A bill pending in the Philadelphia City Council would levy a tax on stock and bond holdings, raising most of the money from the wealthiest city residents and generating estimated revenue of $200 million a year.
The bill hasn’t even received a hearing. Yet the idea of a tax on wealth is a top goal for advocacy groups like the nonprofit Pennsylvania Policy Center that are searching for ways to rectify the immense gap between the most affluent Americans and everyone else. “We’d be taxing the wealth beyond the usual assets owned by middle-class people,” says executive director Marc Stier.
A wealth tax of the kind proposed in Philadelphia is among recommendations published in a report last month by a Chicago progressive group, Acre Action Center on Race & the Economy, founded by community organizers Saqib Bhatti and Carrie Sloan, and the People’s Unity Platform, a joint project of the Chicago Teachers Union and the Grassroots Collaborative. Bhatti serves on Johnson’s transition team. The paper, “First We Get the Money,” also advocates a tax on digital advertising and a city income tax.
The groups say their proposals for new taxes and fees, along with efficiency measures, would generate $12 billion that new Mayor Brandon Johnson needs for his ambitious agenda to tackle crime and poverty.
New taxes that target deep pockets are being pushed by legislators in blue states but have yet to gain traction. They would likely run into roadblocks in Illinois posed by the state constitution.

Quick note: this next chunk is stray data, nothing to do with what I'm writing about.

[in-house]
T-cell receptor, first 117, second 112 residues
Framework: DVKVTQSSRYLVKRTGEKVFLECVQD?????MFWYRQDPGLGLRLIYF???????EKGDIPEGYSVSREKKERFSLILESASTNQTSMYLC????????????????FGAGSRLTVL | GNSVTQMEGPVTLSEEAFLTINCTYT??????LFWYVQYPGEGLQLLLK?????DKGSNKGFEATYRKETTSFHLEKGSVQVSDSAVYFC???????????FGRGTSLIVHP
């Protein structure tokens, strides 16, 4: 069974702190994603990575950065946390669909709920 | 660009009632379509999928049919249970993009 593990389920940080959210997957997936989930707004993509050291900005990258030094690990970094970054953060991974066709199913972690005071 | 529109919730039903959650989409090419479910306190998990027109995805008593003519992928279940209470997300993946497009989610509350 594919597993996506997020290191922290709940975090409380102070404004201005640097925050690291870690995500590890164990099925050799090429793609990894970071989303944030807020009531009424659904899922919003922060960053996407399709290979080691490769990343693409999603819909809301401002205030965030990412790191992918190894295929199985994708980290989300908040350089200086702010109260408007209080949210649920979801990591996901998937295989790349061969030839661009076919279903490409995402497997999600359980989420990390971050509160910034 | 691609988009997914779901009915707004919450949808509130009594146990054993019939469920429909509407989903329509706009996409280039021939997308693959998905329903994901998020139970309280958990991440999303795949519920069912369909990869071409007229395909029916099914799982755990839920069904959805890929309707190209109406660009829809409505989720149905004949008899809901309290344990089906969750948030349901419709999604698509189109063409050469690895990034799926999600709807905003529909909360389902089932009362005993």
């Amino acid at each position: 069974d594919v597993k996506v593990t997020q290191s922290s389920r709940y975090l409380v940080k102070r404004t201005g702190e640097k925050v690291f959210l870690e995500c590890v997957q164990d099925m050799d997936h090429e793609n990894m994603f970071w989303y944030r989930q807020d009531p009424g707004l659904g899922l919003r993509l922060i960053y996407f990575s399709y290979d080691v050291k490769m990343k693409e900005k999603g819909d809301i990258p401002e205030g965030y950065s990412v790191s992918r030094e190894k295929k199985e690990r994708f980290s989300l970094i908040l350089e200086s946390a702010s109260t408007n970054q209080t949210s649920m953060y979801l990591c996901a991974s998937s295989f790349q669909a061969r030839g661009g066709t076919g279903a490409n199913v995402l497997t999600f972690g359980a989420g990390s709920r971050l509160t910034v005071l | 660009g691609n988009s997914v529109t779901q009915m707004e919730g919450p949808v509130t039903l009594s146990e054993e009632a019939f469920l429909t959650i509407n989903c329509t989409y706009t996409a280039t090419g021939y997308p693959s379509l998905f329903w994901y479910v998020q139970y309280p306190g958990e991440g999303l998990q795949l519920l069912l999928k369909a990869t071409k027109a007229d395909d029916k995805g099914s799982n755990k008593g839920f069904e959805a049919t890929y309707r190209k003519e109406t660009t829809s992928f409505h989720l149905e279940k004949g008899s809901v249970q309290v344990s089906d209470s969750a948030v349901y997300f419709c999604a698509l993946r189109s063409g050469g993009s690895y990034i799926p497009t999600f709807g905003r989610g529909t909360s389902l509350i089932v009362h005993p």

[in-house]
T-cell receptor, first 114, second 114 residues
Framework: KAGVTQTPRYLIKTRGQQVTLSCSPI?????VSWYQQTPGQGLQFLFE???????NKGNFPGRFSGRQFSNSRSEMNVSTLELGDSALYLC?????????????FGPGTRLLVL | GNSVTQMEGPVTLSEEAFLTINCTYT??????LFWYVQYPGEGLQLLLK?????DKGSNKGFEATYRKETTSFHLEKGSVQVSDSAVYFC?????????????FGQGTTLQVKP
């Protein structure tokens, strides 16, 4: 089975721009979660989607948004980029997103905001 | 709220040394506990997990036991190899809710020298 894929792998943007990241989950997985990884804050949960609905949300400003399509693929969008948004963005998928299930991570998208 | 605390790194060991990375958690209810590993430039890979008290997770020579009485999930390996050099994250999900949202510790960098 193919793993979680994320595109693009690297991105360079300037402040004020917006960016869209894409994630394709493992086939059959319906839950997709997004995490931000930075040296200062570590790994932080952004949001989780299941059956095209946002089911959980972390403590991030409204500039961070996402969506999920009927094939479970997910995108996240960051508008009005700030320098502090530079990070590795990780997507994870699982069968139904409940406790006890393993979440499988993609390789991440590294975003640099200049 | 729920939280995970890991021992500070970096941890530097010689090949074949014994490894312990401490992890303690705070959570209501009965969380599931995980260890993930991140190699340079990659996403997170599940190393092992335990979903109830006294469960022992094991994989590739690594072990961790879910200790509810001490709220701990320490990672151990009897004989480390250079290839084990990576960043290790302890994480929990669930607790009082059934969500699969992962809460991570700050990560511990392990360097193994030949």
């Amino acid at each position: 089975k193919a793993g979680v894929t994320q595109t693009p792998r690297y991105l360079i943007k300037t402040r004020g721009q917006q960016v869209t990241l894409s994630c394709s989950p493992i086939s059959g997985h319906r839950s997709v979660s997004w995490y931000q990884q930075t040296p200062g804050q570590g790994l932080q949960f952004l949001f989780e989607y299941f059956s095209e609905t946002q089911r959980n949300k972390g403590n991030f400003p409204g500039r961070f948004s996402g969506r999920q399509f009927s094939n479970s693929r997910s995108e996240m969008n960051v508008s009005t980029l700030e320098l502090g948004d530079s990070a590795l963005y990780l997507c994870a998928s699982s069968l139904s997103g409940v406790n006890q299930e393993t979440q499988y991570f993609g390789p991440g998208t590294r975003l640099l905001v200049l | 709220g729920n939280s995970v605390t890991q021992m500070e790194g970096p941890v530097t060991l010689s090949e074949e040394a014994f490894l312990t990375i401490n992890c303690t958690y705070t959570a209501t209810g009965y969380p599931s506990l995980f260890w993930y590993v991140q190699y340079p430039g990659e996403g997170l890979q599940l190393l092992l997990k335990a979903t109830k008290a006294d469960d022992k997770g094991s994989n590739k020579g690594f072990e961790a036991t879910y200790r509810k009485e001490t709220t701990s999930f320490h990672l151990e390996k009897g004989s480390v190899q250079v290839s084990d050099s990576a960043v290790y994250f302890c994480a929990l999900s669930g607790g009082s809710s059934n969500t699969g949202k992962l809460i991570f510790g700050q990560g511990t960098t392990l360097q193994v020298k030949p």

Local income taxes are levied in 16 states. But while wealth taxes have been proposed in a number of blue states, none have advanced out of committee. A tax on digital advertising aimed at large platforms that was adopted by the Maryland legislature has been challenged in state and federal court. Tax experts say these measures, if introduced, would likely run afoul of the Illinois Constitution.
The Johnson administration distanced itself from the Acre report. Some of the group’s suggestions, such as a revived employee head tax and a financial transactions tax, were part of Johnson’s mayoral campaign platform. The wealth tax, a city income tax and digital ad tax haven’t been put forward by the mayor. But they are on the radar in blue states. A wealth tax was introduced in Springfield earlier this year by Rep. Will Guzzardi, D-Chicago.
The wealth tax proposal in Philadelphia would place a levy on the value of stocks and bonds but not touch retirement accounts and pensions. The logic is that wealthier people hold taxable stocks and bond accounts, a level of affluence above retirement accounts and homes that are the primary assets of middle-class families. Stier notes that the traditional property tax is regressive in that homeownership represents a large portion of middle-class wealth but a relatively smaller portion of the rich’s family assets.